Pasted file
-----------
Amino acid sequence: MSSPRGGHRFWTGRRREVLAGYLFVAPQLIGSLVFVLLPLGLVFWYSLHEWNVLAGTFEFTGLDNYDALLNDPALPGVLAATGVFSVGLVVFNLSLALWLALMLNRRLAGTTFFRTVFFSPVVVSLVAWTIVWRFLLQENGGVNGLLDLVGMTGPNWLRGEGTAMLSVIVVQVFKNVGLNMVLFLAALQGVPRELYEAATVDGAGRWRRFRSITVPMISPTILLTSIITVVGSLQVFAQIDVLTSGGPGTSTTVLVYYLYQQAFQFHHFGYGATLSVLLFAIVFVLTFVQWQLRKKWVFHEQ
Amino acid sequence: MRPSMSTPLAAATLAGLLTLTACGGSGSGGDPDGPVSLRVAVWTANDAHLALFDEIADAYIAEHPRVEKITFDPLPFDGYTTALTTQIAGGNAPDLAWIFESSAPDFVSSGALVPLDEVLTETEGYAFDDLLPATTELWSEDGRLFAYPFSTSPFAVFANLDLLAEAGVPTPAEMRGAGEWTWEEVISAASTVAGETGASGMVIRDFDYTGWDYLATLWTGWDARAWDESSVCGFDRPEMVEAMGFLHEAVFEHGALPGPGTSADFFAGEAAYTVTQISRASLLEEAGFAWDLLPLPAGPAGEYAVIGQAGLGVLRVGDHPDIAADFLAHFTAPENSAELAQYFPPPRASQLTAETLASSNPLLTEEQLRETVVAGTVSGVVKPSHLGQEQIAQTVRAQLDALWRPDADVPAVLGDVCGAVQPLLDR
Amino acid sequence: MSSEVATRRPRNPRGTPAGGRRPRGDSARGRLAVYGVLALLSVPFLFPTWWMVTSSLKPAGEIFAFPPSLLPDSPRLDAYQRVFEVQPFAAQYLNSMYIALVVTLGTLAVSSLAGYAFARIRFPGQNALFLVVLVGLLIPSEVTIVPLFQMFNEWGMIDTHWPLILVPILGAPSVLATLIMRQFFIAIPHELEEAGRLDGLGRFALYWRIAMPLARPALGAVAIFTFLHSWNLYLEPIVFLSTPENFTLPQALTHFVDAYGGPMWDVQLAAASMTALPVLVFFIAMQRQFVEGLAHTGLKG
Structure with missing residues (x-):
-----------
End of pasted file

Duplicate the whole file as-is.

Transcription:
Amino acid sequence: MSSPRGGHRFWTGRRREVLAGYLFVAPQLIGSLVFVLLPLGLVFWYSLHEWNVLAGTFEFTGLDNYDALLNDPALPGVLAATGVFSVGLVVFNLSLALWLALMLNRRLAGTTFFRTVFFSPVVVSLVAWTIVWRFLLQENGGVNGLLDLVGMTGPNWLRGEGTAMLSVIVVQVFKNVGLNMVLFLAALQGVPRELYEAATVDGAGRWRRFRSITVPMISPTILLTSIITVVGSLQVFAQIDVLTSGGPGTSTTVLVYYLYQQAFQFHHFGYGATLSVLLFAIVFVLTFVQWQLRKKWVFHEQ
Amino acid sequence: MRPSMSTPLAAATLAGLLTLTACGGSGSGGDPDGPVSLRVAVWTANDAHLALFDEIADAYIAEHPRVEKITFDPLPFDGYTTALTTQIAGGNAPDLAWIFESSAPDFVSSGALVPLDEVLTETEGYAFDDLLPATTELWSEDGRLFAYPFSTSPFAVFANLDLLAEAGVPTPAEMRGAGEWTWEEVISAASTVAGETGASGMVIRDFDYTGWDYLATLWTGWDARAWDESSVCGFDRPEMVEAMGFLHEAVFEHGALPGPGTSADFFAGEAAYTVTQISRASLLEEAGFAWDLLPLPAGPAGEYAVIGQAGLGVLRVGDHPDIAADFLAHFTAPENSAELAQYFPPPRASQLTAETLASSNPLLTEEQLRETVVAGTVSGVVKPSHLGQEQIAQTVRAQLDALWRPDADVPAVLGDVCGAVQPLLDR
Amino acid sequence: MSSEVATRRPRNPRGTPAGGRRPRGDSARGRLAVYGVLALLSVPFLFPTWWMVTSSLKPAGEIFAFPPSLLPDSPRLDAYQRVFEVQPFAAQYLNSMYIALVVTLGTLAVSSLAGYAFARIRFPGQNALFLVVLVGLLIPSEVTIVPLFQMFNEWGMIDTHWPLILVPILGAPSVLATLIMRQFFIAIPHELEEAGRLDGLGRFALYWRIAMPLARPALGAVAIFTFLHSWNLYLEPIVFLSTPENFTLPQALTHFVDAYGGPMWDVQLAAASMTALPVLVFFIAMQRQFVEGLAHTGLKG
Structure with missing residues (x-):